Have you ever wondered what creatures share your backyard? Meet the Marshall family from Tinderbox, south of Hobart, Australia, who recently embarked on an exciting journey to find out what animals live on their property.
Thanks to the Tasmanian Land Conservancy’s WildTracker project, a citizen science program, the family is discovering the fascinating array of wildlife that coexist with them!
Andrew Marshall and his daughters, Paige and Adia, installed a hidden camera in their yard, capturing awe-inspiring images of their animal neighbors.
They were already accustomed to seeing wallabies and the occasional echidna, but the camera revealed so much more. From eastern bettongs to pademelons and even a pair of wallabies engaged in a heated dispute, the camera captured all these amazing moments.
But it’s not just about wallabies and echidnas. The family is also hoping to spot the elusive forty-spotted pardalote, one of Australia’s most endangered birds. They’ve even set up bird boxes to encourage these rare birds to take up residence on their property.
The WildTracker project has so far attracted about 170 participants, who have submitted over 100,000 photos in total. The initiative aims to determine which creatures live where, track the range expansion of invasive species like the lyrebird and fallow deer, and monitor the spread of diseases, such as the devil facial tumor disease in Tasmanian devils.
Participants include both large landholders and those in more urban areas, making it a perfect opportunity for everyone to get involved. According to conservation ecologist Dr. Glen Bain, it’s vital to have people with smaller plots of land participate as well, as Tasmania still has unique wildlife living in suburban areas.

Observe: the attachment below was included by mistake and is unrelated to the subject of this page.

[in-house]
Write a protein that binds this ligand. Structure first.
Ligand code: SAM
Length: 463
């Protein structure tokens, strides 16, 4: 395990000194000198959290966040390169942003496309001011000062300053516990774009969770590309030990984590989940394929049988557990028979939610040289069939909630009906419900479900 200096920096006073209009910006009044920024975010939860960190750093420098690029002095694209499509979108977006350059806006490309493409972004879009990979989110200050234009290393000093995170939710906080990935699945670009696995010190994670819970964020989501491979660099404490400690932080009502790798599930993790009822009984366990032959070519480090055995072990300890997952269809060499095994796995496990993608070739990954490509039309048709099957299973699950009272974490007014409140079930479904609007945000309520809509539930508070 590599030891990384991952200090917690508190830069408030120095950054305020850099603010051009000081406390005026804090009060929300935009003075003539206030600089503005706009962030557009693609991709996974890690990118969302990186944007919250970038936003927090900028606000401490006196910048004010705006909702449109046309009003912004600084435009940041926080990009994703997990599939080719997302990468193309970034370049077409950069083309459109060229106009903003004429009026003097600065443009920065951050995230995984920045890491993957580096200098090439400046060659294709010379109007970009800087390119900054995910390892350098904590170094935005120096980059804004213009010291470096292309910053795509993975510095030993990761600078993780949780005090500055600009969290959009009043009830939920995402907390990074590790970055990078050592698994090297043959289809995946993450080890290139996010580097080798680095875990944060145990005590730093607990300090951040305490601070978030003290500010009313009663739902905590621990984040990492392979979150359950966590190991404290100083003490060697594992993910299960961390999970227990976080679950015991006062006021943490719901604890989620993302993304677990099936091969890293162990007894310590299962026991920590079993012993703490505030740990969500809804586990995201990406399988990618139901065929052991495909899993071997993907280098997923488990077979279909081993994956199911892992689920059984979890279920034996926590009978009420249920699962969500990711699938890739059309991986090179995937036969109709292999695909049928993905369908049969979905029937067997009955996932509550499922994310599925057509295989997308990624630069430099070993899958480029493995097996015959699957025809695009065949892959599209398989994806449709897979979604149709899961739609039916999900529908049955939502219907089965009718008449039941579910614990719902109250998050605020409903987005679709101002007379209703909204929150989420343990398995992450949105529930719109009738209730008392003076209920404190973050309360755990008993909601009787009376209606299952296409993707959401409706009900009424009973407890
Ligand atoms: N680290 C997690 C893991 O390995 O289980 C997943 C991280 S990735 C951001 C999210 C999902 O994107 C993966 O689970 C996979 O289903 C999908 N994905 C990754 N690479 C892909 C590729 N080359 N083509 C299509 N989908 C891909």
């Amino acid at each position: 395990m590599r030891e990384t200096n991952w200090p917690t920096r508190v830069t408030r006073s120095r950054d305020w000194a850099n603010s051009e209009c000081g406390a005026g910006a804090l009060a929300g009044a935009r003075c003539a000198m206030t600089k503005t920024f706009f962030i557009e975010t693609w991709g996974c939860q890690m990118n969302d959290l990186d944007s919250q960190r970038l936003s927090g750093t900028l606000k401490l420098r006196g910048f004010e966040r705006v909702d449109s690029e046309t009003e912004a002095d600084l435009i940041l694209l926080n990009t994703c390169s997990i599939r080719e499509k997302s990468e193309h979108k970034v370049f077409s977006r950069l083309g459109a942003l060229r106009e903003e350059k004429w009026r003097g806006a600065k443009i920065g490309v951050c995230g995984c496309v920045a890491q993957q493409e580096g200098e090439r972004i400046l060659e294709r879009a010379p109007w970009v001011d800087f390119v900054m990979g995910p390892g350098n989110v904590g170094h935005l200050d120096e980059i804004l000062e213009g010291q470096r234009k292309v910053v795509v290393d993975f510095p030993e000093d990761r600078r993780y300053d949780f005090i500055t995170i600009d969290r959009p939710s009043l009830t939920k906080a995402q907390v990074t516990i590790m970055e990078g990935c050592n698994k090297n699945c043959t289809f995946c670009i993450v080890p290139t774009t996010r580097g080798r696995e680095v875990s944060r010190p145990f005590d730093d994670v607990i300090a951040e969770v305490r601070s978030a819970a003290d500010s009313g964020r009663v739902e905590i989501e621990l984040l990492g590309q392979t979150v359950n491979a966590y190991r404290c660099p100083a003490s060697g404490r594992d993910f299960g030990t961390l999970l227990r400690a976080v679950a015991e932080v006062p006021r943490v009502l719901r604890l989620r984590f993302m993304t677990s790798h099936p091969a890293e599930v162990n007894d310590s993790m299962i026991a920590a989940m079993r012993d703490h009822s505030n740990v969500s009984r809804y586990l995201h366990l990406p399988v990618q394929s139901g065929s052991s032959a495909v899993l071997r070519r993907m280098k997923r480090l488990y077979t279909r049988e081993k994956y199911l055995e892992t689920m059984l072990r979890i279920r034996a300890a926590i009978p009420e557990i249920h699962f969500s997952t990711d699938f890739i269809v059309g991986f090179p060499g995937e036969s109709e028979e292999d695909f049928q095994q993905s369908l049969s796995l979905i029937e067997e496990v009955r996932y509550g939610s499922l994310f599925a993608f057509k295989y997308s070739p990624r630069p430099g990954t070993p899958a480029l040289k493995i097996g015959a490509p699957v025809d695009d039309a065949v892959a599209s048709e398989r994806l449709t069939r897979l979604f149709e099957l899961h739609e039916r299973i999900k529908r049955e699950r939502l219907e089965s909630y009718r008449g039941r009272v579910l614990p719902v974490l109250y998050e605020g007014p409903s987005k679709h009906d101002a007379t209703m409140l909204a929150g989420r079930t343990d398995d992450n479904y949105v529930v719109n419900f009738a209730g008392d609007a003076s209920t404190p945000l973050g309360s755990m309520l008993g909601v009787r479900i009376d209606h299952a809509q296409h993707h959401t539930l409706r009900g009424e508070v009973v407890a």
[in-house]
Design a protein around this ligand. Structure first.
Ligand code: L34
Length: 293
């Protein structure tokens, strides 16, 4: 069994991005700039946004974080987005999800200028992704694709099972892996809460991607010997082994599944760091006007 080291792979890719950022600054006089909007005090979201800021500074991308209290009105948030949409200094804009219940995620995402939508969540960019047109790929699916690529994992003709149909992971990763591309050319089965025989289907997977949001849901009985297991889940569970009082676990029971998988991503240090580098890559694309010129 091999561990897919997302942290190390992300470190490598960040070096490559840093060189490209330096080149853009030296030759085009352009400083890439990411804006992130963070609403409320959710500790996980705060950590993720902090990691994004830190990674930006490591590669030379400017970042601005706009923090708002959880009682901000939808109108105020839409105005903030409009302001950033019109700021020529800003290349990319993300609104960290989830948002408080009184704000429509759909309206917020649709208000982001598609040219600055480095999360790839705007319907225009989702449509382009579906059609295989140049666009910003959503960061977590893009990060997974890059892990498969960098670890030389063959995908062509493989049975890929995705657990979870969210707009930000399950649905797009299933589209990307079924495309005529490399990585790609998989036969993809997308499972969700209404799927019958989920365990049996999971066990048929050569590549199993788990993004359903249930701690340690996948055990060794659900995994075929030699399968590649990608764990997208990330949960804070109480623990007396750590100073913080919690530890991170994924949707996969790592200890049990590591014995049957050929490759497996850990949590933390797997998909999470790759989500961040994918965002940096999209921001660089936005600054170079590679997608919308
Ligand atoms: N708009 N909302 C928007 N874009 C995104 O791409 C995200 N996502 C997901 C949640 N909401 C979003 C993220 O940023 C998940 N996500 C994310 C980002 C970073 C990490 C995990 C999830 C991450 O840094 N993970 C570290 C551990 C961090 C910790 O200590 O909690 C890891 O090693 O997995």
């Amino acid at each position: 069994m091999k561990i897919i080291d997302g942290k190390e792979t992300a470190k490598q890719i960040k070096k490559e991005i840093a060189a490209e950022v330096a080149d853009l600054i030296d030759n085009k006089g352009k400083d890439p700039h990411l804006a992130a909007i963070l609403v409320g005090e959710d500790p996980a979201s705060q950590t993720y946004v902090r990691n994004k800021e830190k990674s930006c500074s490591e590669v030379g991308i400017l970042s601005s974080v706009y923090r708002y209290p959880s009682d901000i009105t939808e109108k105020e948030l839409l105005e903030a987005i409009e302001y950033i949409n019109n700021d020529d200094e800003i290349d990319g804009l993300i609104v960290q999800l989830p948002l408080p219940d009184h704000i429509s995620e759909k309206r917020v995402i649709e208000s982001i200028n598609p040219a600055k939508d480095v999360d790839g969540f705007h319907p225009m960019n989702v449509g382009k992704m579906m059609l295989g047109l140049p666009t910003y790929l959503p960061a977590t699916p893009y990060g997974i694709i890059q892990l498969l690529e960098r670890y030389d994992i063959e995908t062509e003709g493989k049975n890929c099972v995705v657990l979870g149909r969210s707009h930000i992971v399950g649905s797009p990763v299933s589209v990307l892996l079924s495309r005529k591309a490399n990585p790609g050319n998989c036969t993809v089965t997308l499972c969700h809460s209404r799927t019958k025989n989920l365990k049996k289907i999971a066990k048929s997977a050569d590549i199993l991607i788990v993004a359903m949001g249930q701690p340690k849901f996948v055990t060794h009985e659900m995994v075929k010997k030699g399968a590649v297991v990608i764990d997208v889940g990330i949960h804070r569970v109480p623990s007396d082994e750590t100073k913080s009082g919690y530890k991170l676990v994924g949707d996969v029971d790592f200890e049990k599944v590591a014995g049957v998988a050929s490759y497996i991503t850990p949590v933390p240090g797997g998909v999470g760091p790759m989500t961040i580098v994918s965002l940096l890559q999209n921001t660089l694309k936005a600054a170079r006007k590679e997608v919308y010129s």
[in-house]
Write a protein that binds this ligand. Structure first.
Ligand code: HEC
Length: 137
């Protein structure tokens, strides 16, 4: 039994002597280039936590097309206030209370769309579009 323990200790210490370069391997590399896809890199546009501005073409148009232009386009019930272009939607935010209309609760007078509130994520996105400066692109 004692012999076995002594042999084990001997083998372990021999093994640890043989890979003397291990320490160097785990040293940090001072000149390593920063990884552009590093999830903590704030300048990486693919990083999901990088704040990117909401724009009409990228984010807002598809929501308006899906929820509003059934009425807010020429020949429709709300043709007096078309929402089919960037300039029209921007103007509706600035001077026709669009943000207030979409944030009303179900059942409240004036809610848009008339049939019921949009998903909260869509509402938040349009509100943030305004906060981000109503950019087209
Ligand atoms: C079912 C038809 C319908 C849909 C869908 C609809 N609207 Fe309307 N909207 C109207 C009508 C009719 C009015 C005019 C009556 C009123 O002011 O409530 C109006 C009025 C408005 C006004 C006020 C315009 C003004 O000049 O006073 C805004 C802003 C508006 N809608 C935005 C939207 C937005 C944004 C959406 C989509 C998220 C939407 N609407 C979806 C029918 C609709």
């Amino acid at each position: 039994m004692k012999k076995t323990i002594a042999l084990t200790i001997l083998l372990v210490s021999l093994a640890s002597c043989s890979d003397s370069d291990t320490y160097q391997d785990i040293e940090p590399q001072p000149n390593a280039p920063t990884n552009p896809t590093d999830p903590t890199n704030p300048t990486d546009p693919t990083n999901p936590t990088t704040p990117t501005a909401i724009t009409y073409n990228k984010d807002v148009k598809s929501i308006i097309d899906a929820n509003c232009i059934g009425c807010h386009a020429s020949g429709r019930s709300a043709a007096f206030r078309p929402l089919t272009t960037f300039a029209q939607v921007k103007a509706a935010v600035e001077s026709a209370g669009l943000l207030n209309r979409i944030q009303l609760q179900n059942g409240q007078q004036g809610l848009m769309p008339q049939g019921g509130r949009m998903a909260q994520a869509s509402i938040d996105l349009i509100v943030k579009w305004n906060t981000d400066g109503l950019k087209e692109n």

The project has led to some surprising discoveries, including the first-ever recorded sighting of a pygmy possum on camera. Carol Hurst, another participant, has captured images of quolls, mischievous owls, and Tasmanian devils on her property near Ranelagh.
She believes that discovering the wildlife living on her land has made her feel more connected to her surroundings and taught her to coexist with the creatures she shares her garden with.
So, why not join this fantastic project and learn more about the incredible wildlife in your backyard? The WildTracker project is open to anyone in Tasmania looking to contribute.
By participating, you’ll not only be educating yourself and your family about native wildlife, but also helping conservationists gather valuable information for preserving these amazing creatures.
This article by Nicholas Vincent was first published by OneGreenPlanet on 17 March 2023.
What you can do
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Fighting for Wildlife supports approved wildlife conservation organizations, which spend at least 80 percent of the money they raise on actual fieldwork, rather than administration and fundraising. When making a donation you can designate for which type of initiative it should be used – wildlife, oceans, forests or climate.
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